PS: I won’t rant about the school history text books that irreverently cut short the Chola kings. Cholas were just worthy of 5 or 10 marks while history was all about the series of kings who ruled Delhi, the Mughals included.
Cholas ruled not just South India and Ceylon. They had almost the whole of SE Asia under their control.Their system of governance and administration was so advanced and systematic that it can match the best of such systems that ever existed around the world. He was indeed king of kings, Rajaraja Chola.I am not getting into that, this post will go on for pages if I do. Read this by Charukesi if you still don’t believe the Chola might.
- [For more on the architecture] Temples of South India, Ambujam Anantharaman
- The Illustrated History of South India,K A Nilakantha Sastri
Photo credits Bharat Narayanan
October 25, 2009 15 Comments
My recent trip to Kerala was a site-seeing marathon.I visited forts,temples,beaches,backwaters and caves.I had read through a lot of websites and a few books to know the importance of these places before I visited.
This temple is situated at about 25km North of Kannur on the National Highway 17.Like many ancient temples,this temple also has a set of customs and rituals that make it unique(Including the absence of kodimaram/flagstaff and entry for women only after 8pm).Though I was told that the temple was built thousands of years(kodanukodi) back,I decided to tie some loose ends of history.
During the times of Raja Raja Chola-I (reign 985 – 1014 CE.)and his son Rajendra Chola-I(reign 1012 C.E. – 1044 C.E.), the Chola empire consisted of the whole of South India, Ceylon, Malaysia and beyond. The Chola-Chera war went on for a hundred years and the Cheras accepted the hegemony of the Cholas after their defeat. Later, the Chera kingdom split up into pieces and marked the end of rule of Kulasekhara(Chera)(Kerala) as a single entity.(A Survey of Kerala History,A Sreedhara Menon,page 117)
At a time(10th and 11th centuries) when Jainism’s strength was on the decline, a massive Shiva temple built by a powerful Chola ruler would have added to the fall of Jainism. Like they say, the religion of the king is the religion of his subjects. The Chola period saw the revival of Shaivite and Vaishnavite traditions in areas under them.Temples of Kannur(S Jayashankar) says that the temple was renovated by Rajendra Chola-I. It is quite possible that an existing Jain temple was converted and rebuilt as a Shiva temple by the Cholas during their conquest of Chera kingdom.It was very common during those times to convert Jain and Buddhist temples into Hindu temples.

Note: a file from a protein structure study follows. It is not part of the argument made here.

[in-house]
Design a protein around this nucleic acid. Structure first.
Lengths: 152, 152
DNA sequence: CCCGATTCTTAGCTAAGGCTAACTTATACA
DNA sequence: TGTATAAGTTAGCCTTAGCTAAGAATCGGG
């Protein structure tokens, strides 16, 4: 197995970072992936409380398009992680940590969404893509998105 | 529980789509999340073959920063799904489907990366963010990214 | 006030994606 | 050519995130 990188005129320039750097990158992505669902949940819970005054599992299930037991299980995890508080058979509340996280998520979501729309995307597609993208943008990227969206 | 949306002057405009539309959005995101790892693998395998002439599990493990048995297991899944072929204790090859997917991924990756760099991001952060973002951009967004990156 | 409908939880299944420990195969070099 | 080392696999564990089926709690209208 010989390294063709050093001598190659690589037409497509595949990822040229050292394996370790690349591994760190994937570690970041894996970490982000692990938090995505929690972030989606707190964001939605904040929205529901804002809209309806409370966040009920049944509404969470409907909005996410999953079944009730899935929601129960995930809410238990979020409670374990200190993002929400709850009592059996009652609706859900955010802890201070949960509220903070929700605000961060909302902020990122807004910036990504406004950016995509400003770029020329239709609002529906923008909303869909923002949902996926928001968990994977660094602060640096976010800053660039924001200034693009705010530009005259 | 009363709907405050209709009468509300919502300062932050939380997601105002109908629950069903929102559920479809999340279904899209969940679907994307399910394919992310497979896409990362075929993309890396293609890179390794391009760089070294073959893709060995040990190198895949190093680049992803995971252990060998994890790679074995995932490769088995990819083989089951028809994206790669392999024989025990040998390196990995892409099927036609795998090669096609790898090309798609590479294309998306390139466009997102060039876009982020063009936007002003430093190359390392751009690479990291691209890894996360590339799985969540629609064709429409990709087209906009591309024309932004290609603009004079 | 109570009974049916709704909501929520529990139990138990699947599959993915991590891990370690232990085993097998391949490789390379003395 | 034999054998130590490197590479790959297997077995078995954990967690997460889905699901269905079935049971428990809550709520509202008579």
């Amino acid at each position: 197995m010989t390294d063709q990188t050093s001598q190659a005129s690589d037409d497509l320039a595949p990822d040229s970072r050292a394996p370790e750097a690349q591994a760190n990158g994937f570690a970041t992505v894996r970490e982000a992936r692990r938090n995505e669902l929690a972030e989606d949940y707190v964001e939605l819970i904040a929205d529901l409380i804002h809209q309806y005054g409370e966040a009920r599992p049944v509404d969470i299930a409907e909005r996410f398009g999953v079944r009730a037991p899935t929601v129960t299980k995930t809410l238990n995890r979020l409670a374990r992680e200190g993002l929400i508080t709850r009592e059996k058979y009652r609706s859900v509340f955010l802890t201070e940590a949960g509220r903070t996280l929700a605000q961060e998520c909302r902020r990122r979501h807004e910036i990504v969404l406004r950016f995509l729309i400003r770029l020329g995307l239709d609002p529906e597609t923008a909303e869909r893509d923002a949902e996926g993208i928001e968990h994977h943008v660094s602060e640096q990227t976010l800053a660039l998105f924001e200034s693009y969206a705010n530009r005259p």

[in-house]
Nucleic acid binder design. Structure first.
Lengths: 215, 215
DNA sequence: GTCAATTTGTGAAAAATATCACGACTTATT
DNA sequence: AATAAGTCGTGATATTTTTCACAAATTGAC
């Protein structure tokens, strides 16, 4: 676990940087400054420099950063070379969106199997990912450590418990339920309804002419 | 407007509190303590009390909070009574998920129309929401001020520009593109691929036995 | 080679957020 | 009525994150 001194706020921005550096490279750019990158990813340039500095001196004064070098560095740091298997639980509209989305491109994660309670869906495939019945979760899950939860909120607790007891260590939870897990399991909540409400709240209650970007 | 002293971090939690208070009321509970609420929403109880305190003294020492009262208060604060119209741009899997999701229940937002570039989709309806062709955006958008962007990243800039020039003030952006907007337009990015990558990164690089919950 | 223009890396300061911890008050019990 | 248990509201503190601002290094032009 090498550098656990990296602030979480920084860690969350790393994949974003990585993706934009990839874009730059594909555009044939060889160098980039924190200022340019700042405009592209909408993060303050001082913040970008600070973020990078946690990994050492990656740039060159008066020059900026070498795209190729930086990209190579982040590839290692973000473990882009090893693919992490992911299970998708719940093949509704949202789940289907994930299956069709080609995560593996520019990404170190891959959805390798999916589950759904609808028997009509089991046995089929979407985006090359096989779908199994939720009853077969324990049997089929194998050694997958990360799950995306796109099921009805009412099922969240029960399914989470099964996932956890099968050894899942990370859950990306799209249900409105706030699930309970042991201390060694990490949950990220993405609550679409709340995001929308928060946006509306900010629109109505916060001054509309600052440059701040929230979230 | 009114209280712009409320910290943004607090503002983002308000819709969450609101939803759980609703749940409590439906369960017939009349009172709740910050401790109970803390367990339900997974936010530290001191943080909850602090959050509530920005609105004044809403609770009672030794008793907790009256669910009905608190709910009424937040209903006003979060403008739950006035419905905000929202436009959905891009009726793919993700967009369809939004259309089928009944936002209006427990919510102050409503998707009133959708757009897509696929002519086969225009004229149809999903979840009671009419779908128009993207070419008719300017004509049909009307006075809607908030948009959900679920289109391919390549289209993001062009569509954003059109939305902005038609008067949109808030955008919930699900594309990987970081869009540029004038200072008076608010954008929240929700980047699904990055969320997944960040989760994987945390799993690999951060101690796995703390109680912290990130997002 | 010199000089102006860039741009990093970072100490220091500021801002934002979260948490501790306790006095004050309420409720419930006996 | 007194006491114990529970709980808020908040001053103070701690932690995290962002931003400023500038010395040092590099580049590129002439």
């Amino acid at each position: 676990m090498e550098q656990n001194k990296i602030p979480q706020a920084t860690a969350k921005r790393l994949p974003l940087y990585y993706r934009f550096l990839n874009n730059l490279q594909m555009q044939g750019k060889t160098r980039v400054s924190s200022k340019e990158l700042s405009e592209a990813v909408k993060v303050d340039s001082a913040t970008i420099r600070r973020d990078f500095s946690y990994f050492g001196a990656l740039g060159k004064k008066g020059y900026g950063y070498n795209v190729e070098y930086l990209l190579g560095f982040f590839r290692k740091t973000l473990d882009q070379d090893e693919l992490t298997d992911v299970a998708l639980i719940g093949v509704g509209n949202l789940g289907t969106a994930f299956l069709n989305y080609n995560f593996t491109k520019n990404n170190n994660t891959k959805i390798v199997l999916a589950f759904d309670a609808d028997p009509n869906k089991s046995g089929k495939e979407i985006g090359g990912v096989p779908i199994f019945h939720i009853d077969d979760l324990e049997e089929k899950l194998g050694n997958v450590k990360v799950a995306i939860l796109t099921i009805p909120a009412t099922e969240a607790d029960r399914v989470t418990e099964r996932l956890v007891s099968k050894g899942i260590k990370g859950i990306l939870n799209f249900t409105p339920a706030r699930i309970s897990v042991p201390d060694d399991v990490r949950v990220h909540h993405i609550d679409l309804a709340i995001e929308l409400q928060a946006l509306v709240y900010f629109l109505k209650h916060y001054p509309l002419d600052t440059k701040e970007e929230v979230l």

Just as kings and emperors are seen only by offering a kazhcha(gift),the Lord here can be “seen” only after placing neyamrith(ghee) on the sopanam(steps leading to the sanctum). It is said that the Lord of Taliparamba is the King of Kings. This status may be connected to the power associated with Rajaraja Chola-I and the influence he had as a ruler. Incidentally, the name of the temple is closely related the king’s name.
Madayi Kavu Temple
Maravel or Madayi (off the NH17 near Payangadi in Kannur district, 25 km from Kannur)as it is known today was once a prosperous center of trade and fishing. Sreedhara Menon makes a cursory mention of the Jew Tank in Madayi.(A Survey of Kerala History,page 95). This mention reinforces the trade relations that Madayi had with the west. Duarte Barbosa’s works have also mentioned the Jewish trade connection of Madayi.I somehow missed to add the Jew Tank to my itinerary.
The Madayi Kaavu temple (Sree Thiruvarkadu Shiva Bhadrakali Temple) is the abode of the deity of the Kolathiri rulers. I have not been able to find any reference to the find the exact age of this temple. S Jayasankar in Temples of Kannur writes that the idol is made of Kadusarkkarayogam and no abhishekam is done on it. For archanas, a panchaloha idol is used. The deity was originally installed by Parasurama at Rajarajeswara temple of Taliparamba and later moved to this temple. Toddy and meat are offered at athazhapuja. The temple has strong connections with the Travancore Royal family and traces the link to AD 1305 when two daughters (later Attingal Ranis) from the Kolathunad(Kolathiri dynasty) were adopted to create Attingal Swaroopam.
I have heard a story of travelers who came via the sea who installed the deity here; they installed the idol looking westwards to protect them (their route). I wonder if this has to do with the spread of mother goddess cult. One of the office bearers of the temple told me that it would take a lot of time to explain; may be next time.
The tourist brochures spoke about the ruins of a fort built by Tippu Sultan in Madayi. This was a total disappointment with nothing but the ruins of the boundary wall and a few stones remaining. In case you would want to have a look at the remains of this fort, it is situated near the college and next to a KSEB property. There is a deep dried up well and a couple of tombs(?) inside the fort. The only solace was the view of the town and the river from the fort, fascinating it was.
From Madayi, we set ahead Southwards to Tellicherry(Thalaserry).
This fort is an imposing structure built by the British in 1708.The square structure built of laterite has massive walls and strong flanking bastions that overlook the sea.The fort is well maintained by the ASI.An old British Cannon is on display close to the entrance.
This fort was used by Lord Wellesley against the Pazhassi Raja’s rebellion.Behind this fort,next to the sea, lies the St John’s church,built in 1869 with funds from Edward Brennen, the master attendant who established the Brennen College at Tellicherry.Brennen’s tomb is located in the church premises.
After our visit to the fort,we headed in search of the Gudert Bunglow in Illikkunnu close by; the bunglow where the German missionary and lexicographer Herman Gundert lived for 20 years from 1839.You can give this place a miss as it is now a private property owned by NTTF.I was shocked that the bunglow that witnessed the birth of one of the first Malayalam dictionaries and one of the first Malayalam newspapers Paschimodayam, is now in private hands.We were told that entry is restricted but that did not deter us from entering the compound and clicking some pictures.The only saving grace was that while searching of Gundert Bunglow,we passed some beautiful scenic spots near Gundert colony.